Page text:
• Ninja Turtles: The Next Mutation was notorious because of the unpopularity of the fifth female turtle Venus de Milo, who was despised by Teenage Mutant Ninja Turtles co-creator Peter Laird so much that she was barred from making appearances in any other continuities for the rest of the duration that the franchise was in his hands. After Nickelodeon obtained the rights to the franchise, many of Venus's detractors who wished for Venus to remain Exiled from Continuity cited both co-creators hating the character as a reason for why she shouldn't return, though the other co-creator Kevin Eastman has actually stated openly in an interview after Nickelodeon's acquisition of the franchise that he actually likes the character and hopes for her to someday make a comeback.
  • Star Trek is notorious for this sort of thing, though it can get complex because often "fan-created canon" or "fanon" often overlaps with the mistaken belief that "God" originally said something-or-other.
    • Just one example occurred with Star Trek: Enterprise which raised the ire of some fans for establishing a Vulcan serving with Starfleet, when the belief was Spock was the first. Many claims were made that the series violated established on-screen canon in this regard... until members of one of the Star Trek fan forums actually went back through all the televised episodes and movies and could find no such reference to Spock being the first Vulcan in Starfleet. (In fact, the existence of an all-Vulcan ship — USS Intrepid, NCC-1631 — in the original series, in the episode 'The Immunity Syndrome', establishes that Vulcans in Starfleet are not especially new or unusual.)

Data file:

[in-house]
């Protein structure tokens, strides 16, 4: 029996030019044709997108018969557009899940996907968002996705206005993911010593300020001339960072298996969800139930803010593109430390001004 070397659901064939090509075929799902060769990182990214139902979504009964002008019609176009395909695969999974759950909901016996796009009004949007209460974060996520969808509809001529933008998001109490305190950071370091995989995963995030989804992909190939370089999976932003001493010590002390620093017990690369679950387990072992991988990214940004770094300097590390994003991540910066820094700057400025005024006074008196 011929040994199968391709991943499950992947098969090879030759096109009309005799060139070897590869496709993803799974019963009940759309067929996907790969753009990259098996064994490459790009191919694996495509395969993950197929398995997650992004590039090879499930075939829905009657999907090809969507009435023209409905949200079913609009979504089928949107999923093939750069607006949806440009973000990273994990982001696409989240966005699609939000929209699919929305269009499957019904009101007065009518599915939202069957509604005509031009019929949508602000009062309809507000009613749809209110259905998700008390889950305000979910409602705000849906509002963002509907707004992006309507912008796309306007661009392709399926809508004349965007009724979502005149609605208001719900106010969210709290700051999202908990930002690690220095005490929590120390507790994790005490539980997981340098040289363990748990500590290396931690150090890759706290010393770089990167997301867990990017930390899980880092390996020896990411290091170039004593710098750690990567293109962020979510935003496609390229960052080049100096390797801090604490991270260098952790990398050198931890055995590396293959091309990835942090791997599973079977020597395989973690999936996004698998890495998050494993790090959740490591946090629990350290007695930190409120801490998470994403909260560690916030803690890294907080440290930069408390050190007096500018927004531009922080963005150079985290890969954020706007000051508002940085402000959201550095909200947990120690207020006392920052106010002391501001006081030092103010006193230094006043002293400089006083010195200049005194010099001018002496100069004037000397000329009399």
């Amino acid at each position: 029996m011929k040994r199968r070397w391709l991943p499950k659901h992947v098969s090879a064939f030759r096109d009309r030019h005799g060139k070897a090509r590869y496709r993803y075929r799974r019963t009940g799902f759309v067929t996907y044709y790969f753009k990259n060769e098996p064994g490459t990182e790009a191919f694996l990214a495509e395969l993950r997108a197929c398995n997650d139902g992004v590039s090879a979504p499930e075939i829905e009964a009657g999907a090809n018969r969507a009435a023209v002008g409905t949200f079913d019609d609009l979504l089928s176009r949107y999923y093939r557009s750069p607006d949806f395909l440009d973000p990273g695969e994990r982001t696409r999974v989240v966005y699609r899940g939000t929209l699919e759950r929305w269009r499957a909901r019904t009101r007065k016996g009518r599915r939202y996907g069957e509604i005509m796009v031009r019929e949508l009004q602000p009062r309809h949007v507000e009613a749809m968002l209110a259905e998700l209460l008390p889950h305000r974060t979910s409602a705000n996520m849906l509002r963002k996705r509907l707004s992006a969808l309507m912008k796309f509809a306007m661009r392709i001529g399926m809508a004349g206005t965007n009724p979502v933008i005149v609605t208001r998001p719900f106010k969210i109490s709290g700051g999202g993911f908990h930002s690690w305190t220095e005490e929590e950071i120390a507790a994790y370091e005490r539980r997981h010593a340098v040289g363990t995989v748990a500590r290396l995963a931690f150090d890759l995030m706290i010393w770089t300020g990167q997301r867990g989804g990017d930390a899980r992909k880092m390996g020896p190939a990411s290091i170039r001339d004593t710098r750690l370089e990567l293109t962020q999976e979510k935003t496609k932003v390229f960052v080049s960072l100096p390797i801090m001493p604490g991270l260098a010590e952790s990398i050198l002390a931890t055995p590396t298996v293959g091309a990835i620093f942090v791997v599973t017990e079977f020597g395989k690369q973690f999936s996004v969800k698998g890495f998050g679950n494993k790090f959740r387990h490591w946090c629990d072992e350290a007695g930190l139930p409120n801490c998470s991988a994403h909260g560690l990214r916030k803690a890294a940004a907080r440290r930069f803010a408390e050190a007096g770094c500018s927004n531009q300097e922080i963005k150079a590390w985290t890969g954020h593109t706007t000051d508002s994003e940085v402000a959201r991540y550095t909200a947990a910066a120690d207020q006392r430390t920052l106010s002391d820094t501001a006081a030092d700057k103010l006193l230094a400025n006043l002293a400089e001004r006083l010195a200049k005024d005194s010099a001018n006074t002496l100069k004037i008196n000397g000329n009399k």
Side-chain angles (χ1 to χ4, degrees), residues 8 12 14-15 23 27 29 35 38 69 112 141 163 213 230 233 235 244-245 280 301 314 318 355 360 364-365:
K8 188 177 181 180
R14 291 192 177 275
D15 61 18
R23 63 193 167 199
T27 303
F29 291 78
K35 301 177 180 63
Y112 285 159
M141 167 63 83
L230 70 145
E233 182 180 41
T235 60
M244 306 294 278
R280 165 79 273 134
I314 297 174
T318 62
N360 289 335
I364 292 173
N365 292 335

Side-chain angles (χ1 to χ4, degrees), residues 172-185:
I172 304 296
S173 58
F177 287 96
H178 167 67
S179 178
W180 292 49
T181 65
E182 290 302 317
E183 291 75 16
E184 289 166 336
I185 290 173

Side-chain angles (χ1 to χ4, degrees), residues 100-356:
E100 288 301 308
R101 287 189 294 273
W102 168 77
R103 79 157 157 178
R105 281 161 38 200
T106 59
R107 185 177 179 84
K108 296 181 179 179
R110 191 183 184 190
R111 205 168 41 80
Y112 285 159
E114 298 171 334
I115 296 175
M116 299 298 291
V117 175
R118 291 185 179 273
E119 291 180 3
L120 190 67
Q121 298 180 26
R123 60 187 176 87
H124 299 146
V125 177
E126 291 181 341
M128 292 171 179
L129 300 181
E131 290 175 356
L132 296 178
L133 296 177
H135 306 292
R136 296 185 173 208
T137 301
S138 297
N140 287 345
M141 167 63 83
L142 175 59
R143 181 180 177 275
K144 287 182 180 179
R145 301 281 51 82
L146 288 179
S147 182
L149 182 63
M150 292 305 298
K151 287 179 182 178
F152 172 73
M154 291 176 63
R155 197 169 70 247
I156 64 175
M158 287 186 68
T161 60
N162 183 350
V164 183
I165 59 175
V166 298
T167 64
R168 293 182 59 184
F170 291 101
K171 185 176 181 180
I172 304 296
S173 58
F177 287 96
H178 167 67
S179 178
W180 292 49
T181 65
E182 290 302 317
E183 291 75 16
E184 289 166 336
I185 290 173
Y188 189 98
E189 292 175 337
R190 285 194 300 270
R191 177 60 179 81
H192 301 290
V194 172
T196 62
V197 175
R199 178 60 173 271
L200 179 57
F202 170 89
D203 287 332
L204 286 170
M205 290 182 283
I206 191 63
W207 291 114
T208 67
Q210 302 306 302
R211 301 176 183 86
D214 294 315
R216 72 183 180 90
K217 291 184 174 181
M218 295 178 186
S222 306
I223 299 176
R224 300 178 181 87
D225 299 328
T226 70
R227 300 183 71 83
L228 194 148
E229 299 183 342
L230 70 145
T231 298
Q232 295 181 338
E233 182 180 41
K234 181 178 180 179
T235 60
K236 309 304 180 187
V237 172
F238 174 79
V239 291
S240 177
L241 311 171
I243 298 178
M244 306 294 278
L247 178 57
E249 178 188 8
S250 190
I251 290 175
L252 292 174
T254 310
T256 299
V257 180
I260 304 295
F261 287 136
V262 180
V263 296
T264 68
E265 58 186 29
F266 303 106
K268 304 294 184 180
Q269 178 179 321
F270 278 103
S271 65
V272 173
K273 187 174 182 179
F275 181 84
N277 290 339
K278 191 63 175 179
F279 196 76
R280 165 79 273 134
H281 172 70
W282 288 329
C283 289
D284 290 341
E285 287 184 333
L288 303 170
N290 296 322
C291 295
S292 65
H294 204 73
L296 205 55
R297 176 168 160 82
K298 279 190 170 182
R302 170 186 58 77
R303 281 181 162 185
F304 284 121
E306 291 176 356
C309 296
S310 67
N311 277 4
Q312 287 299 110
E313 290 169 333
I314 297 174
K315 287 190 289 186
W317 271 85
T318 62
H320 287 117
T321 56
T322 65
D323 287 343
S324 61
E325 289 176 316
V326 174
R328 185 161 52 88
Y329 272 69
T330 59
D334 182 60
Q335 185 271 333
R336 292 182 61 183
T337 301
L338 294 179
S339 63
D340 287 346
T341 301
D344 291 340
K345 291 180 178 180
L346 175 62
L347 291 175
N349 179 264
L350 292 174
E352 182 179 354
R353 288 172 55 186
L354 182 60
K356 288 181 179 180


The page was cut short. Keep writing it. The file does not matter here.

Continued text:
• One could write a book on all the various non-canon ideas that Star Trek fans routinely believe are canon, but one of the least talked about is a belief among fans that humans of the 24th Century have learned how to "always get along" and never fight with each other. Because of this, they tend to bash Deep Space Nine and Voyager, or even declare them not canon, because of the very concept of the Maquis, and other instances of humans fighting with humans. They cling to this even though The Next Generation never shied away from human-vs-human conflict. What Gene Roddenberry actually said was that humans have learned to rise above "petty bickering", but even he understood that there would always be legitimate issues that would cause conflict between humans.
    • This example has been referenced in mainstream press, especially around the release of Star Trek: Discovery as factual, and showrunner Aaron Harberts has discussed tossing out the so-called rule as a way of marketing the new show.
    • Among numerous other things Roddenberry supposedly said, one was that only he could create Star Trek. In this case, there is some historical basis for the quote, which was actually "It's not Star Trek until I say it's Star Trek", but in context, this quote was referencing his habit of staying up until all hours of the night re-working scripts until they met his satisfaction. As for whether or not he thought of himself as the only man who could produce "real" Trek (an argument often used to excise various films or TV series from canon), he actually had a lot to say on the subject, and while some is self-contradictory, the main message is that he neither thought of himself as the franchise's sole owner nor did he want it to die with him. He even said he hoped any new additions to the franchise after his death would be considered better than his.